Chemical Properties of group 16 elements

Oxidation states and trends in chemical reactivity of group 16 elements  

 The elements of Group 16 exhibit a number of oxidation states (Table 7.6). The stability of -2 oxidation state decreases down the group. Polonium hardly shows –2 oxidation state. Since electronegativity of oxygen is very high, it shows only negative oxidation state as –2 except in the case of OF2 where its oxidation state is + 2. Other elements of the group exhibit + 2, + 4, + 6 oxidation states but + 4 and + 6 are more common. Sulphur, selenium and tellurium usually show + 4 oxidation state in their compounds with oxygen and + 6 with fluorine. The stability of + 6 oxidation state decreases down the group and stability of + 4 oxidation state increases (inert pair effect). Bonding in +4 and +6 oxidation states is primarily covalent.


 Anomalous properties of oxygen      

 The anomalous behaviour of oxygen, like other members of p-block present in second period is due to its small size and high electronegativity. One typical example of effects of small size and high electronegativity is the presence of strong hydrogen bonding in H2O which is not found in H2S.

The absence of d orbitals in oxygen limits its covalency to four and in practice, rarely exceeds two. On the other hand, in case of other elements of the group, the valence shells can be expanded and covalence exceeds four.


Reactivity of group 16 elements towards hydrogen       

1.     All group 16 elements form hydrides.

2.     They possess bent shape.

3.     Bond angle:

·         Acidic nature:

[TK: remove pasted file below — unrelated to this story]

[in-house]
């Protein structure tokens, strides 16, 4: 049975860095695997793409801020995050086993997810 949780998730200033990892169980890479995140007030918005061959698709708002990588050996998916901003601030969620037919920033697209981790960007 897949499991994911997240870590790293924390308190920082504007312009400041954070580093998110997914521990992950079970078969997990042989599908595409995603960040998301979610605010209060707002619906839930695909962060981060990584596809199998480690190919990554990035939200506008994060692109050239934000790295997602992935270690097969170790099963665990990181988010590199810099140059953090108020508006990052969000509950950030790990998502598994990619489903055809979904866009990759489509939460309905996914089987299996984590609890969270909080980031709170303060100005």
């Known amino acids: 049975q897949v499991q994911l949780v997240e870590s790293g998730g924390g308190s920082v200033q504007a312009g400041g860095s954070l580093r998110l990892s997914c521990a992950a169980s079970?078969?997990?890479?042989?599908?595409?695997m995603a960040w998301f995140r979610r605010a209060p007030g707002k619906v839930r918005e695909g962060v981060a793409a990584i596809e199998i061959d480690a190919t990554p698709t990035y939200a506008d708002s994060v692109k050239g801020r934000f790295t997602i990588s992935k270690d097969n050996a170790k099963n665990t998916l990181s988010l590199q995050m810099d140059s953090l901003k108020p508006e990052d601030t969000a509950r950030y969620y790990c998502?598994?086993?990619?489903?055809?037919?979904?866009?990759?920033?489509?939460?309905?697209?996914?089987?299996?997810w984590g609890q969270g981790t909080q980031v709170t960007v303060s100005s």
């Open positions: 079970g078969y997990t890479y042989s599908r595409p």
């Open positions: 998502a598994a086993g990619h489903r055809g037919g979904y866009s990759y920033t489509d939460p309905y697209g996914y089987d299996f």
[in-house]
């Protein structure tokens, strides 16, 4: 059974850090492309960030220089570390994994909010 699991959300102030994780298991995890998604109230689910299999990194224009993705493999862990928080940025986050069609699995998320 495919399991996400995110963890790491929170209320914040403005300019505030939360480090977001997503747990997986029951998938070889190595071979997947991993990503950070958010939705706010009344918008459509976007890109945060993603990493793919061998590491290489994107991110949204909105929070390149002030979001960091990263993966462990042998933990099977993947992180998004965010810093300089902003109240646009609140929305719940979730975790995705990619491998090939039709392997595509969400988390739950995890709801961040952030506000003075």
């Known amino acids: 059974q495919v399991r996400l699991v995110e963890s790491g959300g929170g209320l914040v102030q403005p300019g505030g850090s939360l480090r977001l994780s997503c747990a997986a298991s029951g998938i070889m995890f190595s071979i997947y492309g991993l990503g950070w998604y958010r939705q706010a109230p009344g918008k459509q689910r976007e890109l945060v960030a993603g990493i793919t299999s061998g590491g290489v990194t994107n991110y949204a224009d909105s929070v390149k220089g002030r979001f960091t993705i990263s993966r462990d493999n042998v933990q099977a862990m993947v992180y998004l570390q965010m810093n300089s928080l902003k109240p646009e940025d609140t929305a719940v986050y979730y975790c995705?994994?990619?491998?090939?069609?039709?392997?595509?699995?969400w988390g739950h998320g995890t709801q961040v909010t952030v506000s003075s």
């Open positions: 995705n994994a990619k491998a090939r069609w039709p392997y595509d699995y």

This is because the H-E bond length increases down the group. Therefore, the bond dissociation enthalpy decreases down the group.

·         Thermal stability:
This is because the H-E bond length increases down the group. Therefore, the bond dissociation enthalpy decreases down the group.

·         Reducing character:

This is because the H-E bond length increases down the group. Therefore, the bond dissociation enthalpy decreases down the group.


Reactivity of group 16 elements towards oxygen

1.     Reducing character of dioxides decreases down the group because oxygen has a strong positive field which attracts the hydroxyl group and removal of becomes easy.

2.     Acidity also decreases down the group.

3.     is a gas whereas SeO2 is solid. This is because  has a chain polymeric structure whereas SO2 forms discrete units.


Reactivity of group 16 elements towards halogens        

1.     The stability of halides decreases in the order

2.     This is because E-X bond length increases with increase in size.

3.     Among hexa halides, fluorides are the most stable because of steric reasons.

4.     Dihalides are  hybridised and so, are tetrahedral in shape.

5.     Hexafluorides are only stable halides which are gaseous and have  hybridisation and octahedral structure.

6.      is a liquid while H2S is a gas. This is because strong hydrogen bonding is present in water. This is due to small size and high electronegativity of O.